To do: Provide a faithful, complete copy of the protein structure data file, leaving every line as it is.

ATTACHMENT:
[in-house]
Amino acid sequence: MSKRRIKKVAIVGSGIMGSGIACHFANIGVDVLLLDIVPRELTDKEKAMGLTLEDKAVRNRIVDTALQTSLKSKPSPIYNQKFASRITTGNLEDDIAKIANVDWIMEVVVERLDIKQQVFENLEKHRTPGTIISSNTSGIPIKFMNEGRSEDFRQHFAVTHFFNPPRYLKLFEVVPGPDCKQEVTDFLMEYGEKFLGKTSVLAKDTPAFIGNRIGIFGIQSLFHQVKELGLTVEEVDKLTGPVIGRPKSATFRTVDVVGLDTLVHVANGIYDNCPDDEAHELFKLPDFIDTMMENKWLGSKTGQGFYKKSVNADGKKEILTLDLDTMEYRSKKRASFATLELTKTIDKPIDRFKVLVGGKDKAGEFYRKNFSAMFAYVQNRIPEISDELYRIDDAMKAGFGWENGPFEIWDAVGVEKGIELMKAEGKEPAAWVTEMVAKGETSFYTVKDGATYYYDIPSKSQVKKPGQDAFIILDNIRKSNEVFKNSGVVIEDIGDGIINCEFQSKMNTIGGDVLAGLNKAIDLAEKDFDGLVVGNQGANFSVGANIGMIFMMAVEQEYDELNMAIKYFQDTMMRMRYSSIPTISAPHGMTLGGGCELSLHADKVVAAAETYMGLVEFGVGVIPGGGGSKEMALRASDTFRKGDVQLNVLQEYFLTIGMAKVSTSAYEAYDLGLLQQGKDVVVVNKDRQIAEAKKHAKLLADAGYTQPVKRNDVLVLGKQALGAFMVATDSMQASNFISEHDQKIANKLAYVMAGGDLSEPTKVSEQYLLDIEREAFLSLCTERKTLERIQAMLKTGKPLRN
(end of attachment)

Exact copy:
[in-house]
Amino acid sequence: MSKRRIKKVAIVGSGIMGSGIACHFANIGVDVLLLDIVPRELTDKEKAMGLTLEDKAVRNRIVDTALQTSLKSKPSPIYNQKFASRITTGNLEDDIAKIANVDWIMEVVVERLDIKQQVFENLEKHRTPGTIISSNTSGIPIKFMNEGRSEDFRQHFAVTHFFNPPRYLKLFEVVPGPDCKQEVTDFLMEYGEKFLGKTSVLAKDTPAFIGNRIGIFGIQSLFHQVKELGLTVEEVDKLTGPVIGRPKSATFRTVDVVGLDTLVHVANGIYDNCPDDEAHELFKLPDFIDTMMENKWLGSKTGQGFYKKSVNADGKKEILTLDLDTMEYRSKKRASFATLELTKTIDKPIDRFKVLVGGKDKAGEFYRKNFSAMFAYVQNRIPEISDELYRIDDAMKAGFGWENGPFEIWDAVGVEKGIELMKAEGKEPAAWVTEMVAKGETSFYTVKDGATYYYDIPSKSQVKKPGQDAFIILDNIRKSNEVFKNSGVVIEDIGDGIINCEFQSKMNTIGGDVLAGLNKAIDLAEKDFDGLVVGNQGANFSVGANIGMIFMMAVEQEYDELNMAIKYFQDTMMRMRYSSIPTISAPHGMTLGGGCELSLHADKVVAAAETYMGLVEFGVGVIPGGGGSKEMALRASDTFRKGDVQLNVLQEYFLTIGMAKVSTSAYEAYDLGLLQQGKDVVVVNKDRQIAEAKKHAKLLADAGYTQPVKRNDVLVLGKQALGAFMVATDSMQASNFISEHDQKIANKLAYVMAGGDLSEPTKVSEQYLLDIEREAFLSLCTERKTLERIQAMLKTGKPLRN